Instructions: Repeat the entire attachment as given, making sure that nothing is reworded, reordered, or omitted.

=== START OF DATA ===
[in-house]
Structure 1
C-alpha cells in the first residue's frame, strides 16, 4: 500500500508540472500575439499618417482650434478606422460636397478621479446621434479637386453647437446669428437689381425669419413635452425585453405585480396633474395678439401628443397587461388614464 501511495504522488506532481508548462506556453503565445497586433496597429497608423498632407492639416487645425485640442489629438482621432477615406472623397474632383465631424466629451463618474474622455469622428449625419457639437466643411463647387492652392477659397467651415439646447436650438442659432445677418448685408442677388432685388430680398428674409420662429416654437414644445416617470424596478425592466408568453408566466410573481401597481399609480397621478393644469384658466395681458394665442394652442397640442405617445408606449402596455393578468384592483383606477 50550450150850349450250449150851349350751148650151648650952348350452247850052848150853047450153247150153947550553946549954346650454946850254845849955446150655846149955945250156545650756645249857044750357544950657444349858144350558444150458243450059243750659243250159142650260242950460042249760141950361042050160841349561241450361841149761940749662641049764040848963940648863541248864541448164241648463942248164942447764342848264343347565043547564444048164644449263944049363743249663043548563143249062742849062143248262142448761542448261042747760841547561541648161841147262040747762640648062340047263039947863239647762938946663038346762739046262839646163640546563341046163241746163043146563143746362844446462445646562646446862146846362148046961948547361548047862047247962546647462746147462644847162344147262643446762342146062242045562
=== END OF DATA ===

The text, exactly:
[in-house]
Structure 1
C-alpha cells in the first residue's frame, strides 16, 4: 500500500508540472500575439499618417482650434478606422460636397478621479446621434479637386453647437446669428437689381425669419413635452425585453405585480396633474395678439401628443397587461388614464 501511495504522488506532481508548462506556453503565445497586433496597429497608423498632407492639416487645425485640442489629438482621432477615406472623397474632383465631424466629451463618474474622455469622428449625419457639437466643411463647387492652392477659397467651415439646447436650438442659432445677418448685408442677388432685388430680398428674409420662429416654437414644445416617470424596478425592466408568453408566466410573481401597481399609480397621478393644469384658466395681458394665442394652442397640442405617445408606449402596455393578468384592483383606477 50550450150850349450250449150851349350751148650151648650952348350452247850052848150853047450153247150153947550553946549954346650454946850254845849955446150655846149955945250156545650756645249857044750357544950657444349858144350558444150458243450059243750659243250159142650260242950460042249760141950361042050160841349561241450361841149761940749662641049764040848963940648863541248864541448164241648463942248164942447764342848264343347565043547564444048164644449263944049363743249663043548563143249062742849062143248262142448761542448261042747760841547561541648161841147262040747762640648062340047263039947863239647762938946663038346762739046262839646163640546563341046163241746163043146563143746362844446462445646562646446862146846362148046961948547361548047862047247962546647462746147462644847162344147262643446762342146062242045562